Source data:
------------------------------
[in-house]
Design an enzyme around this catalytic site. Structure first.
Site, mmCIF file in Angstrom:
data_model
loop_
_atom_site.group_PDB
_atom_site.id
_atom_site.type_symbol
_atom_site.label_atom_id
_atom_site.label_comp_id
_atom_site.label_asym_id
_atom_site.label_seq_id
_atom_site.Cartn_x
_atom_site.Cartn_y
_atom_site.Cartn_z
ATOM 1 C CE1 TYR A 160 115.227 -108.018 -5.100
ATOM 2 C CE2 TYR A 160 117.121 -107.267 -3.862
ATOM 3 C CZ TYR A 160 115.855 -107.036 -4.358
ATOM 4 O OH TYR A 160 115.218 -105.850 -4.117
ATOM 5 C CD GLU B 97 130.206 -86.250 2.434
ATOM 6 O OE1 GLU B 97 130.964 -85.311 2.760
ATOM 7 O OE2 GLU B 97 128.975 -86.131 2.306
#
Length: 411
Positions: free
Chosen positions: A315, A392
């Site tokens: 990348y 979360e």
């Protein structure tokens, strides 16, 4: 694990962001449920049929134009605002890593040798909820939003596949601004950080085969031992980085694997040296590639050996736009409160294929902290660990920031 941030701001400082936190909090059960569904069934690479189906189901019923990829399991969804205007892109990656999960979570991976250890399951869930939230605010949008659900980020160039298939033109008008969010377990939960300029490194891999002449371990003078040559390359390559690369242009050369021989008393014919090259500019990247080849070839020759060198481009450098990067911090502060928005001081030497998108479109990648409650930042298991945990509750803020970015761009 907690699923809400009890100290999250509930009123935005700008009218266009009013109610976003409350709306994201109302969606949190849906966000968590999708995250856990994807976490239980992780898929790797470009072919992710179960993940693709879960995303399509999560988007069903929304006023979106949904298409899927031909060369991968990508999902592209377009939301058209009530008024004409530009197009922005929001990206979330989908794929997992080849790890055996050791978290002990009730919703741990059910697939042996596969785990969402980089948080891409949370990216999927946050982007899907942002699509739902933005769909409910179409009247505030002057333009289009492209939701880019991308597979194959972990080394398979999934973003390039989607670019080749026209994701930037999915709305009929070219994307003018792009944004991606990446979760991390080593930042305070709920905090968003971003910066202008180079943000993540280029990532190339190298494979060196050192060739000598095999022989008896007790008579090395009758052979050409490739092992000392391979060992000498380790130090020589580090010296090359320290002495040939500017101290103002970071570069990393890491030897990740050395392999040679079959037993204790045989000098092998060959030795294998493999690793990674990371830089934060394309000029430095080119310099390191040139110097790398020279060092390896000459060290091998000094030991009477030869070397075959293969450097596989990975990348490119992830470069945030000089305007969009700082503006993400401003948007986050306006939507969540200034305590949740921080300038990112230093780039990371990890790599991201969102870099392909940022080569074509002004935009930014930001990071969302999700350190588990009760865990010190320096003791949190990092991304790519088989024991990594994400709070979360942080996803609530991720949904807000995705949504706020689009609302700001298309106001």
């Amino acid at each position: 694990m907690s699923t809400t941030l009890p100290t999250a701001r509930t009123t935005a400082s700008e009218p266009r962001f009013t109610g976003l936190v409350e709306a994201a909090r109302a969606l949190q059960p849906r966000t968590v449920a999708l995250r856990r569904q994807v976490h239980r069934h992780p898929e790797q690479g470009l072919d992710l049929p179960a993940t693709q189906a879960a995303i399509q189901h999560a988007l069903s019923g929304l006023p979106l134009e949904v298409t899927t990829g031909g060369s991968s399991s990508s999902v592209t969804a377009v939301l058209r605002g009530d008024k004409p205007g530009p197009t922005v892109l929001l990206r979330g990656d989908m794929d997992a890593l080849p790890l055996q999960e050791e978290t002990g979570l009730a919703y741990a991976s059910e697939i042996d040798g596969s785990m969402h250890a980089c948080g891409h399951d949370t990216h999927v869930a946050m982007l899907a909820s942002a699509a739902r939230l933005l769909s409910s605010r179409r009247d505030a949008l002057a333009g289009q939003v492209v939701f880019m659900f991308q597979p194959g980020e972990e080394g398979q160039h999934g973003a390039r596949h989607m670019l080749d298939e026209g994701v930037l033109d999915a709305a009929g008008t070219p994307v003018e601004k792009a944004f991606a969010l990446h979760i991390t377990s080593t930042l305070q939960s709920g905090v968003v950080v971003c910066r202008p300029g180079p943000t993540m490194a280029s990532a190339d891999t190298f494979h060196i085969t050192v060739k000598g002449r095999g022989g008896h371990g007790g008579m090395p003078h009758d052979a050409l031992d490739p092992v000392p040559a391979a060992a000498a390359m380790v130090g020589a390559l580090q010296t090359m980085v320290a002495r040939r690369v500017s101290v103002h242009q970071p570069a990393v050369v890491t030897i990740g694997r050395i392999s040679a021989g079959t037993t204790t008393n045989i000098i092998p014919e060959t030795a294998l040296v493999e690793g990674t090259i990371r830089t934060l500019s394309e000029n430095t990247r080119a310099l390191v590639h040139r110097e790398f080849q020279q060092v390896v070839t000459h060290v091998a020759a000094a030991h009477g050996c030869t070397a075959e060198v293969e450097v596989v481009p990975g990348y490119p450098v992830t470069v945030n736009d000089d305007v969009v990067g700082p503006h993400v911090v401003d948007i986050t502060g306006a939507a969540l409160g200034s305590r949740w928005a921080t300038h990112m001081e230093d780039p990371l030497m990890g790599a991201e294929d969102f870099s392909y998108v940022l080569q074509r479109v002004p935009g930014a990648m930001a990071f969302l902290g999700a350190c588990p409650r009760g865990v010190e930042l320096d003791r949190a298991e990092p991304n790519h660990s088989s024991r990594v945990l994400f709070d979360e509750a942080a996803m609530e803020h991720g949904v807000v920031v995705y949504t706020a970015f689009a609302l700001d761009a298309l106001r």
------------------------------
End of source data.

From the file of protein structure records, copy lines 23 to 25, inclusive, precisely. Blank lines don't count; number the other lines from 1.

#
Length: 411
Positions: free